Hey, I just got home from our town pool, which closed for the season at 6 o'clock. I got an earful of what petulant children sound like, and that ain't what's in my column.

Unlike some other critics, I didn't immediately condemn either the CW or "90210" over the decision. You can look it up. I understood on some level why they might have done it, while at the same time suggesting that it might not create the best buzz.

you didn't have to say anything other than to say "I don't have an opinion, because I haven't seen it yet".

As Filmcricket said, I had a hole to fill, one that's about 900 words long. That's 11 words.

Instead you tried to mock the network, and it didn't work.

I tried to be funny. You didn't think it was funny. Others did. Different strokes and such.

Nicole said...

I thought you were funny and you had a point too. Networks are like movie studios in that they only care about the profit and not so much about artistic value so calling them on shady non-promotional practices is fair game. I don't think CW is going to worry too much about Alan's humourous column

PamelaJaye said...

I think this thread is the closest i'm going to get for "on topic" for this question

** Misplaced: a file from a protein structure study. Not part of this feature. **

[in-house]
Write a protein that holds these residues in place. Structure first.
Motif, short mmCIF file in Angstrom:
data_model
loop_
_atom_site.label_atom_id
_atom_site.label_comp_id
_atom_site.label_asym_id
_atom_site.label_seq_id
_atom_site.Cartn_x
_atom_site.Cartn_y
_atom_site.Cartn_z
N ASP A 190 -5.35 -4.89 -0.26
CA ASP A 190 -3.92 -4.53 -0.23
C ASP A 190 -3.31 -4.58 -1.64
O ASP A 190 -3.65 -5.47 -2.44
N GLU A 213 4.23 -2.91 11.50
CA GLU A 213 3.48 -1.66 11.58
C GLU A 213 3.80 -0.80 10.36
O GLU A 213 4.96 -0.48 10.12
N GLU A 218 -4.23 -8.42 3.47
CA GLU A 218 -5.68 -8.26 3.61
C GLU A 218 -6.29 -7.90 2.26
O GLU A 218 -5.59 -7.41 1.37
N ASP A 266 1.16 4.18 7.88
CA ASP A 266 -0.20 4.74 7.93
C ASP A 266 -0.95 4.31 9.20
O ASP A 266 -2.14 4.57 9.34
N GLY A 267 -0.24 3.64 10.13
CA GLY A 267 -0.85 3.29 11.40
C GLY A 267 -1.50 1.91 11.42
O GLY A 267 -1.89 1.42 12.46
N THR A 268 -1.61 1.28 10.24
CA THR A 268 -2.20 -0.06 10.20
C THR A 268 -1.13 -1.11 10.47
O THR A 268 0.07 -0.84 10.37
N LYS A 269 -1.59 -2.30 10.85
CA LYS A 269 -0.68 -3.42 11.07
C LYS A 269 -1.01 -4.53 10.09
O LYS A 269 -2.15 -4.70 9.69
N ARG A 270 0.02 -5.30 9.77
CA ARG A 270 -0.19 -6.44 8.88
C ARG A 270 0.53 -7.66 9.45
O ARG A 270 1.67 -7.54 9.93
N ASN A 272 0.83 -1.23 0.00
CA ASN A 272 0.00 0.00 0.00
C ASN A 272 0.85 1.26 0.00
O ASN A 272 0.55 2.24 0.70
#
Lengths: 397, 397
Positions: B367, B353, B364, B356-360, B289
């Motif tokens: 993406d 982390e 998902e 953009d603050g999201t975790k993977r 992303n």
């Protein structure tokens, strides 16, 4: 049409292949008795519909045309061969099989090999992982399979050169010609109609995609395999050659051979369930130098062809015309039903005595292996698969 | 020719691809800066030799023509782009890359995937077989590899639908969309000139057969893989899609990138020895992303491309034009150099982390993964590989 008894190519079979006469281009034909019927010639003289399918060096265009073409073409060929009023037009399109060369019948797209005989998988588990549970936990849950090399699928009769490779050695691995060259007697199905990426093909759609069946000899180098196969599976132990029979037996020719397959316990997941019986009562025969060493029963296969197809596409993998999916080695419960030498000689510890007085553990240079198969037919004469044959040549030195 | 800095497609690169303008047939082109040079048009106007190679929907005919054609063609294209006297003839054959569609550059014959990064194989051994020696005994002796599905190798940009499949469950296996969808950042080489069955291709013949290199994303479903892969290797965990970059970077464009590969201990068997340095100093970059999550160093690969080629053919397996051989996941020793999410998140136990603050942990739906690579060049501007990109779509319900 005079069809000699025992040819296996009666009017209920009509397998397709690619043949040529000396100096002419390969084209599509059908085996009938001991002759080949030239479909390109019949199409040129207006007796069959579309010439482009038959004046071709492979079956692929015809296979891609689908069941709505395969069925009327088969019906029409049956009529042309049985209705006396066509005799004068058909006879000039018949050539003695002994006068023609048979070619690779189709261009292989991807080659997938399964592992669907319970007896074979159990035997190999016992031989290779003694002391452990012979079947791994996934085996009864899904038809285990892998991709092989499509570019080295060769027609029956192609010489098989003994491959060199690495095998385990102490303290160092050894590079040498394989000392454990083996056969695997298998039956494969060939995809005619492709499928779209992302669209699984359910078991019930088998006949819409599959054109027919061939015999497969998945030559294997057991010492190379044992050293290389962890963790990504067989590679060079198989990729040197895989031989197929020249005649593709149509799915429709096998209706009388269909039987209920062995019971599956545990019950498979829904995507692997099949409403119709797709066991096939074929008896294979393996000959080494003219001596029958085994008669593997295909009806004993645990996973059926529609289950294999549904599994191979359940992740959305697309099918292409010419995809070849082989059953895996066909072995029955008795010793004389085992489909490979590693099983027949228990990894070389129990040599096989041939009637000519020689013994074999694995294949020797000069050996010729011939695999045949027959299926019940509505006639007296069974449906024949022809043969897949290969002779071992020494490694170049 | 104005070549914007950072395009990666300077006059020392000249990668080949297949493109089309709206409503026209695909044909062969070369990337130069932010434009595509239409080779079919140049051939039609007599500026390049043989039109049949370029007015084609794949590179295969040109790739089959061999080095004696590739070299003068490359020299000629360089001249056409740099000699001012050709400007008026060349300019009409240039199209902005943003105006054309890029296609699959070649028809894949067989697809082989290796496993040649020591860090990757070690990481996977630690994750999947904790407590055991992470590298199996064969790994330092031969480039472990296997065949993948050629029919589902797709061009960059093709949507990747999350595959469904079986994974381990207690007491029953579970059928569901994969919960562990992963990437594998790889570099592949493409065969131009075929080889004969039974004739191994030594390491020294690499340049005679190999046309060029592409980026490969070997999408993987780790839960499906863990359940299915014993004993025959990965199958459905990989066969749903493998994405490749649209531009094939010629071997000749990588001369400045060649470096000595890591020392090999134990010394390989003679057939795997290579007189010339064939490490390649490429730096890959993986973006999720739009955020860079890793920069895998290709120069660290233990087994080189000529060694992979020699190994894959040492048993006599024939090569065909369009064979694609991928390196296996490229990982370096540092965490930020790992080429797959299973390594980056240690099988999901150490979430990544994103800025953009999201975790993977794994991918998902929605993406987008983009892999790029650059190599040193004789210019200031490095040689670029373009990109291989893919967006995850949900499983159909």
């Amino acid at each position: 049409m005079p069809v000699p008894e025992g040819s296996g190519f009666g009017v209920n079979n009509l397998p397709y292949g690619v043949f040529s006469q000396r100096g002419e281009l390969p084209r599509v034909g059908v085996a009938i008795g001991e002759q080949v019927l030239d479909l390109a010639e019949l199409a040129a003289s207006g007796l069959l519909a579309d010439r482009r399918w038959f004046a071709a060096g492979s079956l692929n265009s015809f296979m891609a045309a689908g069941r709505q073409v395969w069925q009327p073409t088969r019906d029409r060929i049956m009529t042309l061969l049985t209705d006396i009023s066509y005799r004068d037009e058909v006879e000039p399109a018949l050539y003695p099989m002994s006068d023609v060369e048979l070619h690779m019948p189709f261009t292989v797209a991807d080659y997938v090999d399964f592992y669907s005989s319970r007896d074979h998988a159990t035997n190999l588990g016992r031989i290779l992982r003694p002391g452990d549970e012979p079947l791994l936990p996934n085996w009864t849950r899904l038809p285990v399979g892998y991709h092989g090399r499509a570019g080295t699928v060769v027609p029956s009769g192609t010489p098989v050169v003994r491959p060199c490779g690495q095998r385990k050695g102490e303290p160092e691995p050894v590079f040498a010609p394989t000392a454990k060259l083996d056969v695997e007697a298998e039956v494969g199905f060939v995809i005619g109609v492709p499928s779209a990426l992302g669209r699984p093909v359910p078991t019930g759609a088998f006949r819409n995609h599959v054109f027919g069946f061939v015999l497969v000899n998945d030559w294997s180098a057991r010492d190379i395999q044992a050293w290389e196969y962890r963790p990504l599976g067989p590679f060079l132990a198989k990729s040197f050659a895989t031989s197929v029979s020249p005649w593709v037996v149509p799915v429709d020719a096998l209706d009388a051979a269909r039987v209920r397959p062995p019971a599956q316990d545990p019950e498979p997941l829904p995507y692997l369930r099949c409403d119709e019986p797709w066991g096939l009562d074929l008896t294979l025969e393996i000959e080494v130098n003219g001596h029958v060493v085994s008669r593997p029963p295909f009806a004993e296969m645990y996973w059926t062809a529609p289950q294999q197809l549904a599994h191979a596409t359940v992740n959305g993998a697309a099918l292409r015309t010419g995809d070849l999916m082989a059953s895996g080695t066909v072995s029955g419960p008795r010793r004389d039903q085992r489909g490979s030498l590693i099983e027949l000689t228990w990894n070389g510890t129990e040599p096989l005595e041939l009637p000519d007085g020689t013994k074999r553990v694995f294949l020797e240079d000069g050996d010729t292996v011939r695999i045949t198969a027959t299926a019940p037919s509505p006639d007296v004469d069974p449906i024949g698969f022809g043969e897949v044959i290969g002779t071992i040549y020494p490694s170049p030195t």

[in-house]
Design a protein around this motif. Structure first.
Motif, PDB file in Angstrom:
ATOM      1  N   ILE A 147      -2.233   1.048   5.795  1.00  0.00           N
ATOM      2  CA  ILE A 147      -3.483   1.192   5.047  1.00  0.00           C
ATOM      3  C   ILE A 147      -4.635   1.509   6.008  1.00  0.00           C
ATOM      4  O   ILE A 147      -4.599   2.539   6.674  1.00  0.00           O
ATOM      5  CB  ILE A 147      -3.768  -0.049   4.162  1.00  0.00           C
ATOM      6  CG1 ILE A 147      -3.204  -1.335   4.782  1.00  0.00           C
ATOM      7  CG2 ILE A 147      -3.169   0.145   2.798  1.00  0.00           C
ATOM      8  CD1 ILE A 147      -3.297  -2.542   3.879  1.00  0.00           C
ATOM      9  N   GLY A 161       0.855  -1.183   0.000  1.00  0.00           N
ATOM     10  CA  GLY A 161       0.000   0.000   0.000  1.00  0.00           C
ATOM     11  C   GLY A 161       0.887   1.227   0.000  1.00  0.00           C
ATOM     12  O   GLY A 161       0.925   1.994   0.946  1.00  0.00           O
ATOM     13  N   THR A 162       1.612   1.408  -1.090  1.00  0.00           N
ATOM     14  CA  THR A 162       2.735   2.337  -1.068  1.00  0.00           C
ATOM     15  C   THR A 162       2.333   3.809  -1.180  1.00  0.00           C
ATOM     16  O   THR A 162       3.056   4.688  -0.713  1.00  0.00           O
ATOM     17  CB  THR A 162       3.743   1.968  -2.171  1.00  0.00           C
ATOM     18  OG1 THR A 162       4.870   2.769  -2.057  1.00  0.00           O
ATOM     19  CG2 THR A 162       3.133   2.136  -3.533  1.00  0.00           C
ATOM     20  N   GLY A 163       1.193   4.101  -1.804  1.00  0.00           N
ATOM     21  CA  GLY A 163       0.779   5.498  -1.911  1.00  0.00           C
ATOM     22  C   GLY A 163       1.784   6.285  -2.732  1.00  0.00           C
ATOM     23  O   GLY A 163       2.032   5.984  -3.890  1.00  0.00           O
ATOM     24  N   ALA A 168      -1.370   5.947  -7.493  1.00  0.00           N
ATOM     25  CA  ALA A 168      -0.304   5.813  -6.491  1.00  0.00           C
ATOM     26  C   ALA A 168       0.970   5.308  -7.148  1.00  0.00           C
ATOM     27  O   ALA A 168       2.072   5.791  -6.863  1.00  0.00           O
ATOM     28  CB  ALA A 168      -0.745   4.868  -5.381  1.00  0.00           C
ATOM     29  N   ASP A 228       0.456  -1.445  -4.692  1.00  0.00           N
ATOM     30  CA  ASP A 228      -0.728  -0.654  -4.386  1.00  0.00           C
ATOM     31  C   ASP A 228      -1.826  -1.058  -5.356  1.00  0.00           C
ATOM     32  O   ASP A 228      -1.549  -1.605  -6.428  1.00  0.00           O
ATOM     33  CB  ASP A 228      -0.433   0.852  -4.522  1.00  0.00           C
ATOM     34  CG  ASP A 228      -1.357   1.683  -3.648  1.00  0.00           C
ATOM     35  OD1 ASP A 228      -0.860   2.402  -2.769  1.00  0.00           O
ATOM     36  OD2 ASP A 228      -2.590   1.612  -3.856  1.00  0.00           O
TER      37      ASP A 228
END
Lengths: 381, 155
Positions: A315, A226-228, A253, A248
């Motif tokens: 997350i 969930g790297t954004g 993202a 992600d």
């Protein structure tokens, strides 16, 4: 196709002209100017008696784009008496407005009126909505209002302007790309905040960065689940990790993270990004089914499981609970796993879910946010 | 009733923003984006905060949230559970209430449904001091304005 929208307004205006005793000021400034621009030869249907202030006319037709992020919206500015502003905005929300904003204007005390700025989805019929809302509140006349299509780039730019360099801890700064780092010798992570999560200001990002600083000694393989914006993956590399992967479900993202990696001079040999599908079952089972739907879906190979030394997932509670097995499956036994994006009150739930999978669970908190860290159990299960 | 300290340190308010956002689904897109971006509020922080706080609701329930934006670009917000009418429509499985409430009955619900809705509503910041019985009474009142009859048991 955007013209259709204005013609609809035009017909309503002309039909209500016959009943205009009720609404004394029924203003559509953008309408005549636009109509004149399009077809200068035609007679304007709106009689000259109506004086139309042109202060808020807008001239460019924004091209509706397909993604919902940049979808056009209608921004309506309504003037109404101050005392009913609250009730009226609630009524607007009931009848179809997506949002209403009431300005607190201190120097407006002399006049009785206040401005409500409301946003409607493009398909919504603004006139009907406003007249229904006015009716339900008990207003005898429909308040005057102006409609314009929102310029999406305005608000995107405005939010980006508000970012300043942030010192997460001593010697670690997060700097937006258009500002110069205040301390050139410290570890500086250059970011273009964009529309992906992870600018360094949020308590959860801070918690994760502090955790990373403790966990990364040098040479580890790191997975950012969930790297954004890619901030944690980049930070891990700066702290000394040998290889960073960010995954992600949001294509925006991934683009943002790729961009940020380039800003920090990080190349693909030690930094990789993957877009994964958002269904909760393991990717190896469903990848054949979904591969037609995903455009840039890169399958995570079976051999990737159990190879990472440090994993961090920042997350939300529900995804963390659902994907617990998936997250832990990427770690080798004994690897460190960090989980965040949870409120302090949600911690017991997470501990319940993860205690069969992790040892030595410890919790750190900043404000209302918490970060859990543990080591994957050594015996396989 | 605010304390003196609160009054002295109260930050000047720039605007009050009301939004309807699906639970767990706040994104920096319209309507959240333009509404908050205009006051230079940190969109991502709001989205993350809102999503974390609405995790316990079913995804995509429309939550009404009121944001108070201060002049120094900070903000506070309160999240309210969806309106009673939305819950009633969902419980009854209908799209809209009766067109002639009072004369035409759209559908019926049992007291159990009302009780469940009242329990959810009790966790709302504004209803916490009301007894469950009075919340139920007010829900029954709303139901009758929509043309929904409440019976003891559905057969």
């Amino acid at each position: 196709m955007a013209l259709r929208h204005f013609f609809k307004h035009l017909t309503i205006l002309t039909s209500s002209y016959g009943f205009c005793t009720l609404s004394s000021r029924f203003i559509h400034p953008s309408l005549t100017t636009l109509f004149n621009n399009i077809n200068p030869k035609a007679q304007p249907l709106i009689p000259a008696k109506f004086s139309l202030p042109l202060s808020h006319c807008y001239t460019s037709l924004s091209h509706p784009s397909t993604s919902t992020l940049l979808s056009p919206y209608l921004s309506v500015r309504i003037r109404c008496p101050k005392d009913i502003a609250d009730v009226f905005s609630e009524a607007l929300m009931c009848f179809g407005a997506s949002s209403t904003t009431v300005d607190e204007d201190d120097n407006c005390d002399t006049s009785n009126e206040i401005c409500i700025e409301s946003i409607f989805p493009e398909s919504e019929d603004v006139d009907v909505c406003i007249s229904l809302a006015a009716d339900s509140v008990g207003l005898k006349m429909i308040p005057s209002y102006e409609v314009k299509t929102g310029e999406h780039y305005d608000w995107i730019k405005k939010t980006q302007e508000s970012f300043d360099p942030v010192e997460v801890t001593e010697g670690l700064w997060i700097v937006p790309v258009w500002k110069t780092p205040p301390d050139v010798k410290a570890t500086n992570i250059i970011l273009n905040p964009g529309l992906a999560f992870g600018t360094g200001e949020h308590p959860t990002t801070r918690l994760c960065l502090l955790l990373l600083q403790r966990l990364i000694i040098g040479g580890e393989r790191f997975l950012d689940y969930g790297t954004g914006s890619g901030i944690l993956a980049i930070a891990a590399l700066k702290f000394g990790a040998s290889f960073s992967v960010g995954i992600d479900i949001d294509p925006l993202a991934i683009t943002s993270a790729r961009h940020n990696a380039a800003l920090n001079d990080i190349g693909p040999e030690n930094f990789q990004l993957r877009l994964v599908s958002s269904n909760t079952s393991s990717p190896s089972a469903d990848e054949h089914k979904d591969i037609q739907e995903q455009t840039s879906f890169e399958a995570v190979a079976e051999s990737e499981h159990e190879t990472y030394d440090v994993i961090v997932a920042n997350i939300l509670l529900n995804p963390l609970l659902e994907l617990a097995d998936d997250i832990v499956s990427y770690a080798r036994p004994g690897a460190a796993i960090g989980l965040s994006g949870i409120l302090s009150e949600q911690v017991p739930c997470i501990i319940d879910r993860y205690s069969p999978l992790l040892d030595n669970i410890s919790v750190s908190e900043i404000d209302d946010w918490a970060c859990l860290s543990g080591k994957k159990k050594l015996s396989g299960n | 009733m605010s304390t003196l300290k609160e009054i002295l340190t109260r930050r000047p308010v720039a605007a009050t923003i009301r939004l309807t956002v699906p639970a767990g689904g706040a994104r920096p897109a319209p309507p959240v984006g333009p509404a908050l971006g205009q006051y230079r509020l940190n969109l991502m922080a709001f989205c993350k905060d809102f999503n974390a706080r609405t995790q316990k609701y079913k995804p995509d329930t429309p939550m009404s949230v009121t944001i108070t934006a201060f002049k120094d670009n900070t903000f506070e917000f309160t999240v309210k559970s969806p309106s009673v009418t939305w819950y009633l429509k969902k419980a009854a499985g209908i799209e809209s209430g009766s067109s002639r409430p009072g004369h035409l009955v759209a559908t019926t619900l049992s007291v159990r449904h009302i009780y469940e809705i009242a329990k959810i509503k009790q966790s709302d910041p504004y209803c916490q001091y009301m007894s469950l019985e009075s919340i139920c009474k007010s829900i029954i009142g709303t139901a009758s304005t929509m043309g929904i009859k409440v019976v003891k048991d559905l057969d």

each fall (and other times during the season) not only do the networks start to air their new "season" but also, I've noticed, the indies and the cable nets start airing "new" reruns of series they have not yet rerun before.

Is there any rhyme or reason (or date) for this or any way to figure out what's out there in rerunland, other that putting random searches in your DVR and waiting...? (which only works if you know what you are looking for)

TVLand is starting something they say ccaters to people in the 50's and (some other decade) but the only thing that remotely interests me of their new offerings is Scrubs.

FX restarted the Practice recently and SciFi Joan of Arcadia - I found out around episode 4. (Calista Flockhart's Ally crossover set off one of my searches, my roommate watches SciFi a lot, but not enough for me to catch on before ep 4)

DVRing gets rid of a lot of channel surfing, gets rid of a good amount of knowing what cable networks are airing... not good for them.

PamelaJaye said...

oh my goodness - it's Rachel Greene. and the evil one at that!
I'm guessing she's supposed to be Andrea's daughter...